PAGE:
When Your Child’s Music Lessons Become ‘Torture’
Ted talks bitterly about being made to play the clarinet as a kid. For three years during his teens, his parents required him to spend an hour after dinner every night practicing. It was a daily argument. His parents wanted him to be in the marching band (an idea that gave him the shakes). They fought him when he thought maybe jazz was more his thing. They wanted him to love his instrument. Instead, he learned to hate it.
My friend Angela was forced to take up the violin when she was 12. She quickly figured out that her parents had no idea what a beginning violin student should sound like. During her mandatory hour of “practice”, she would close her bedroom door, lay the violin on her bed and pull the bow back and forth across the strings while reading her favorite novels. The screeching that resulted reassured her parents that she was putting in the time but convinced them that maybe the violin wasn’t for her. Much to her relief, they stopped the lessons.
The parents of both of these people were well-intended. They believed that playing an instrument would give their kid some kind of advantage. They saw it as their responsibility to provide the opportunity to have lessons and to insist on regular practicing.
They weren’t wrong to want music in their kids’ lives. There are, in fact, many good reasons to give kids lessons on an instrument.
- Music can help regulate mood. It can give a child or teen a way to be creative, to de-stress and to feel in control of something when the world feels so out of control.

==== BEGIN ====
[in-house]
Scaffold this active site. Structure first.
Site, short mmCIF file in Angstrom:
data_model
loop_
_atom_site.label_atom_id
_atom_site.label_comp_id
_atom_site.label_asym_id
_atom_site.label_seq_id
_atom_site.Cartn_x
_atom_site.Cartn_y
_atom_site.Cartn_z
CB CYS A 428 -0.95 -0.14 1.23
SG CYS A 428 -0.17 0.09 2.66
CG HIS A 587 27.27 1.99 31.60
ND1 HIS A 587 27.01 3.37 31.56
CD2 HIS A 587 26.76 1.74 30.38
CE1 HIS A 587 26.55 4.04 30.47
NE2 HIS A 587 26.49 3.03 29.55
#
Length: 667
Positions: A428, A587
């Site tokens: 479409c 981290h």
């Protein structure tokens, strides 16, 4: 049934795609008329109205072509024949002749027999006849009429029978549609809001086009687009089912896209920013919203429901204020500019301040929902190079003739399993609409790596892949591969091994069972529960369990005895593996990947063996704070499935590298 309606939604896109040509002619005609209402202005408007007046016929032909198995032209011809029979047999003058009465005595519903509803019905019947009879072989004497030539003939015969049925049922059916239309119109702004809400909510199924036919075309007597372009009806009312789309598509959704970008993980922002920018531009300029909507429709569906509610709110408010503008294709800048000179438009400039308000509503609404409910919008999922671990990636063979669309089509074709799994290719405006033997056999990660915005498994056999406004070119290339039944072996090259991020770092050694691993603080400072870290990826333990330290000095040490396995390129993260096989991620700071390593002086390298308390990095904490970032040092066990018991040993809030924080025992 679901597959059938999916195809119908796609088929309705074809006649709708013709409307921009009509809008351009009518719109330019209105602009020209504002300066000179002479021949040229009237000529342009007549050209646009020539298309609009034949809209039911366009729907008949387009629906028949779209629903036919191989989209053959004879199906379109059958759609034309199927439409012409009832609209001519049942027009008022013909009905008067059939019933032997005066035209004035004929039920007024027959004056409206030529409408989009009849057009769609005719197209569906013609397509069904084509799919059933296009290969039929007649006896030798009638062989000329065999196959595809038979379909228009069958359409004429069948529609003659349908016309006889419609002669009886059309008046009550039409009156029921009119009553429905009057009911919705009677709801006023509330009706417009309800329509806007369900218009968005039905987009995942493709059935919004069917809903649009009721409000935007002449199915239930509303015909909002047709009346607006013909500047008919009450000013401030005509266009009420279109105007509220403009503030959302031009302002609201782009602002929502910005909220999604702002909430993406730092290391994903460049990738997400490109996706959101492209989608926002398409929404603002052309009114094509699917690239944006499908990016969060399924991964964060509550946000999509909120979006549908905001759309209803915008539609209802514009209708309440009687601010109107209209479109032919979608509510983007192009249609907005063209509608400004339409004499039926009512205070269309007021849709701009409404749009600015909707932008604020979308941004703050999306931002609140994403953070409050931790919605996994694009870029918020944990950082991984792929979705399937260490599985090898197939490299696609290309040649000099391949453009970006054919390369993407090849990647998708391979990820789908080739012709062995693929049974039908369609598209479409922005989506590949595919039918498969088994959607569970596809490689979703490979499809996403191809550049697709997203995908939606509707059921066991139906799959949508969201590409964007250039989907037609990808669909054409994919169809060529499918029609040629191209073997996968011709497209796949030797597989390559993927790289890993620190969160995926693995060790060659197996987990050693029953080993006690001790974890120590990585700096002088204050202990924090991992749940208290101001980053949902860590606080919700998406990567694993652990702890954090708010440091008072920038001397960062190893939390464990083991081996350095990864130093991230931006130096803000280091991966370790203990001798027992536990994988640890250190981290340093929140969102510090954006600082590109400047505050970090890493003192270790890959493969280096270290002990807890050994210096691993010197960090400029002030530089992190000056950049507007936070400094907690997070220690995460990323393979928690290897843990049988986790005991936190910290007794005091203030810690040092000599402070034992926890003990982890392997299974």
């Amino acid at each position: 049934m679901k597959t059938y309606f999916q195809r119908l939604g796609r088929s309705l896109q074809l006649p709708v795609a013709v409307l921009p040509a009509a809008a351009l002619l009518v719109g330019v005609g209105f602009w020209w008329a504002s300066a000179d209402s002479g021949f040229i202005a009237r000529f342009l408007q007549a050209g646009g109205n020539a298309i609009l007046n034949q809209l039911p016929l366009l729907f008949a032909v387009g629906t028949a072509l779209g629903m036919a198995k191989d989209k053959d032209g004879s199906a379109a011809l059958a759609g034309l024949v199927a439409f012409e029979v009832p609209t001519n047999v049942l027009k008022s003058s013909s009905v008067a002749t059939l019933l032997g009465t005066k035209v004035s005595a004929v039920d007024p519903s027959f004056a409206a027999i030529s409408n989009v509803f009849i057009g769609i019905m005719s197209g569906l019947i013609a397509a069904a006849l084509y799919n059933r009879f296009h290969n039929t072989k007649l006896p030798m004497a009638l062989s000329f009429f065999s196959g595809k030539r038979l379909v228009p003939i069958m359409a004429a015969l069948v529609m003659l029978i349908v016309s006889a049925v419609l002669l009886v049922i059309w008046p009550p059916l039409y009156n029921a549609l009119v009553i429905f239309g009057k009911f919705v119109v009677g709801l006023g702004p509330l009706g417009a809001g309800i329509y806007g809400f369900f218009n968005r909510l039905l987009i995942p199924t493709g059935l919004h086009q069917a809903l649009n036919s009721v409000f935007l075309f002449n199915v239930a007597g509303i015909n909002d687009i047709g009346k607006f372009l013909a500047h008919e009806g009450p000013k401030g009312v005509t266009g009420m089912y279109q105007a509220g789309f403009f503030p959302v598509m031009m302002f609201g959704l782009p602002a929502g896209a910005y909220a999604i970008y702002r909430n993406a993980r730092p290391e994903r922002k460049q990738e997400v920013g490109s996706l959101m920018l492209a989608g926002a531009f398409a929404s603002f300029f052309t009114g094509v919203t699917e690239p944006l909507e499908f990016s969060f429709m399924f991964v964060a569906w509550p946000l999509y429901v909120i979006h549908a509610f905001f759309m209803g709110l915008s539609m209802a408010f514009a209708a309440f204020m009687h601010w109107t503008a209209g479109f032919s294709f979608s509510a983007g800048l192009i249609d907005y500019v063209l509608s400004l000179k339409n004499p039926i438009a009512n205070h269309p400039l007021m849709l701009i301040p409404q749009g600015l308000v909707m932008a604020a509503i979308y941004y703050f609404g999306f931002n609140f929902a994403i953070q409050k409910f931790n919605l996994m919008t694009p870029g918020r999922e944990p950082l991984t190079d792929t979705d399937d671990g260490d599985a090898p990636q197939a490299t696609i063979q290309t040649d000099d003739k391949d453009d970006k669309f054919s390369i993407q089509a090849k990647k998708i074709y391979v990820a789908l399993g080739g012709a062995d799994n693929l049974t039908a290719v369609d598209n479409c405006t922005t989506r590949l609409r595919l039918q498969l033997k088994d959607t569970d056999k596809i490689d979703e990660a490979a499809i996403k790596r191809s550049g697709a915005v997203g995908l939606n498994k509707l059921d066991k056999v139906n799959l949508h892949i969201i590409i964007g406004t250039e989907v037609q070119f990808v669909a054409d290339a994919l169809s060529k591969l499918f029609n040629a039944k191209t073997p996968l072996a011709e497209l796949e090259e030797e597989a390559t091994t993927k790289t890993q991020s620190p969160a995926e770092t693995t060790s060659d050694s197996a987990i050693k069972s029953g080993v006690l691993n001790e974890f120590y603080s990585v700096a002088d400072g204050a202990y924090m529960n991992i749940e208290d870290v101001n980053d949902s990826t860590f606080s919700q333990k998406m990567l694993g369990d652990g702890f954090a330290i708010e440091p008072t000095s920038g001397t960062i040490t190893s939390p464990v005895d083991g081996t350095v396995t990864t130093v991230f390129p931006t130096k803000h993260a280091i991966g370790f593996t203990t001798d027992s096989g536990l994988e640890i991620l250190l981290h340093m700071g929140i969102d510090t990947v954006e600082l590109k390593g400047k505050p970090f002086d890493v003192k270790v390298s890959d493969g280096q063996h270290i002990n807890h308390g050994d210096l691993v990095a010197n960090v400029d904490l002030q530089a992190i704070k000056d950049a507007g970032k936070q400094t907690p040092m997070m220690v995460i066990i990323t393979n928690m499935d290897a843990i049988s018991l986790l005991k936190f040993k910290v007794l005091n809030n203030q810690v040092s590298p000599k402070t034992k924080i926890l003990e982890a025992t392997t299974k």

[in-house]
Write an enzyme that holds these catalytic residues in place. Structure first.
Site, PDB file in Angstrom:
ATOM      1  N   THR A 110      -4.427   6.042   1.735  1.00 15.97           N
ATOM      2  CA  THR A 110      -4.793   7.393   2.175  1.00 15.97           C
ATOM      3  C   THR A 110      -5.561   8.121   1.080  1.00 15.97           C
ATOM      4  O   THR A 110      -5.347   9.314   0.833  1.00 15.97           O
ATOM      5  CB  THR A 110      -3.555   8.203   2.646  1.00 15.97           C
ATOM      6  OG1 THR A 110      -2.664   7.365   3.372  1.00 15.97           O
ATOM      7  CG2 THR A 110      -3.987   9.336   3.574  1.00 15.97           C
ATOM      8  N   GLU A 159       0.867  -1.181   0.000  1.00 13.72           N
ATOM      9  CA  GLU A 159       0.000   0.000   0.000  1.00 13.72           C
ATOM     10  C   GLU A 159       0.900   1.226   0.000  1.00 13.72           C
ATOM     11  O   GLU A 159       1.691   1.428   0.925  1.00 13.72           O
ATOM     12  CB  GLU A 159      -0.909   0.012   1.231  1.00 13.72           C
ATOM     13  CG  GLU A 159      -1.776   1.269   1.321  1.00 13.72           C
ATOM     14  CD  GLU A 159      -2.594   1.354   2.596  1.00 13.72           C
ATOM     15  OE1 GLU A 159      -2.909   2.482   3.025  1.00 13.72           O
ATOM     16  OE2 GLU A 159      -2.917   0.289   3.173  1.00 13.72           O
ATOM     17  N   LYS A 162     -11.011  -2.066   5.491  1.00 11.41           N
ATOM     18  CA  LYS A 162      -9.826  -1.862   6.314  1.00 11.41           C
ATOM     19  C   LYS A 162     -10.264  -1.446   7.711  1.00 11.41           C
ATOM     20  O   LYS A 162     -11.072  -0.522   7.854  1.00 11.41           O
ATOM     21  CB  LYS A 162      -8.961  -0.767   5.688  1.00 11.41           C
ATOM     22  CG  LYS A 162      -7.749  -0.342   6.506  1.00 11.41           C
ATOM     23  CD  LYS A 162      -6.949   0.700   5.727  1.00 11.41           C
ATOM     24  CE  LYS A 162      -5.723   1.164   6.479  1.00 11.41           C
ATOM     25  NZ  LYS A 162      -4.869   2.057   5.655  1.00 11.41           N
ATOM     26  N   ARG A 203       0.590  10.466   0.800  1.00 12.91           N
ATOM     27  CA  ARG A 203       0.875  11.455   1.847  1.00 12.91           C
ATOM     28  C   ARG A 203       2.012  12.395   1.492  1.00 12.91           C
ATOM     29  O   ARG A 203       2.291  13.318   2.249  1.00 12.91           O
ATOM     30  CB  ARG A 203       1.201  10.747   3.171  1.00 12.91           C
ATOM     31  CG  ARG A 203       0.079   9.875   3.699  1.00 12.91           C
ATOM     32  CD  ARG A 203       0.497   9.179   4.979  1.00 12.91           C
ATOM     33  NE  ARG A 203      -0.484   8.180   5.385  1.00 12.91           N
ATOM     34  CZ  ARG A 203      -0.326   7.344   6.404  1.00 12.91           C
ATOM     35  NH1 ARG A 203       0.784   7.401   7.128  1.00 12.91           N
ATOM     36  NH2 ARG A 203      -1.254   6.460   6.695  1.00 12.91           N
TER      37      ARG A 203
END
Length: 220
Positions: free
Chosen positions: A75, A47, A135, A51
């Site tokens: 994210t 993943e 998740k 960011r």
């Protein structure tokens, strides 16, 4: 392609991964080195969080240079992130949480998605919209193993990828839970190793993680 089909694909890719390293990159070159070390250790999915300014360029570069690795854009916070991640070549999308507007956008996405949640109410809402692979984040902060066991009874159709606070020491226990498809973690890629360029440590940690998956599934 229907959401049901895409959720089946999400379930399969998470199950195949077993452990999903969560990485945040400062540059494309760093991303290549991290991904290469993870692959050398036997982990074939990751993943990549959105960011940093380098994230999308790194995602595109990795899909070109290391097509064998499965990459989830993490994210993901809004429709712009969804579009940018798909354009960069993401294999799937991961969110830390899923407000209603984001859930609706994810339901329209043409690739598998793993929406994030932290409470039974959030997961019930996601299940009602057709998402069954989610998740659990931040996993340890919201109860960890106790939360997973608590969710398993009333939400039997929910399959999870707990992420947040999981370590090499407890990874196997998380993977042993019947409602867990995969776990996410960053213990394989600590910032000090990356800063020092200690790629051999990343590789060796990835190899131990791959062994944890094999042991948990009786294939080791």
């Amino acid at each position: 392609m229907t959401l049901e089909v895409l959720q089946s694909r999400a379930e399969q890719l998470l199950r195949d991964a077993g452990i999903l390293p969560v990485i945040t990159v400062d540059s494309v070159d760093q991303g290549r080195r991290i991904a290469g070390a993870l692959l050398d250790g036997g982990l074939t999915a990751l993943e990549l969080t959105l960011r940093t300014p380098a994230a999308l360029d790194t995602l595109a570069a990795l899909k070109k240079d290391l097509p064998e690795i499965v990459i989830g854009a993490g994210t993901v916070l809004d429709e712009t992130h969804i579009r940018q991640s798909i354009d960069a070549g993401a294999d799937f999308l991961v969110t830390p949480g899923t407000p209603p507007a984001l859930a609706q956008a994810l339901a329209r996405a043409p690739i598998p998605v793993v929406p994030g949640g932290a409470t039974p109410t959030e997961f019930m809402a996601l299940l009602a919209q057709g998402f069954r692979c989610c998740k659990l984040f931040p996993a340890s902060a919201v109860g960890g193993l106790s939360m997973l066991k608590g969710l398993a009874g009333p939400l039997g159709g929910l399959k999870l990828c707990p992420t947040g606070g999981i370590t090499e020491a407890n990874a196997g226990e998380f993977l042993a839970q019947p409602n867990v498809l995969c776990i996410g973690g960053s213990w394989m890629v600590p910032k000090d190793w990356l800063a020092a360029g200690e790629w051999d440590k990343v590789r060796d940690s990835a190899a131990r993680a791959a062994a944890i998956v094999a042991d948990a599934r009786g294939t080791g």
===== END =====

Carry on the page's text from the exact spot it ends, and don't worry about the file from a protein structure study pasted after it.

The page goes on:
- Making music and listening to it develops the part of the brain that is involved with language and reasoning. Neuro-research shows that children who make music have a larger growth of neural activity than children who don’t.
- It’s not by accident that so many mathematicians, engineers and architects are also musicians. There is evidence that learning an instrument helps in the development of spatial-temporal skills. These are the skills that are central to visualizing how parts fit together and solving problems that have many steps.
- Making music is a way to make friends and to boost self-esteem. Some kids who have trouble fitting in socially find acceptance and admiration if they play or sing well.
- Musical competence is an especially important alternative for kids who are not natural athletes in schools where sports are the primary out-of-school activities. Like sports, music teaches teamwork, discipline and the value of making progress toward a goal.
- Best of all, playing an instrument is a skill that can be enjoyed and shared over a lifetime.
So why does giving a child music lessons often go so wrong? Both Ted’s and Angela’s parents’
hearts were in the right place. But they, like many parents, failed to understand that providing lessons would not make their kids into musicians if practicing was a chore instead of a pleasure.
Music educators are clear: Kids’ success in music depends on parental involvement. Ideally, music lessons are something we do with our kids, not to them.
Here are 6 common mistakes parents make that make kids less likely to stick with an instrument: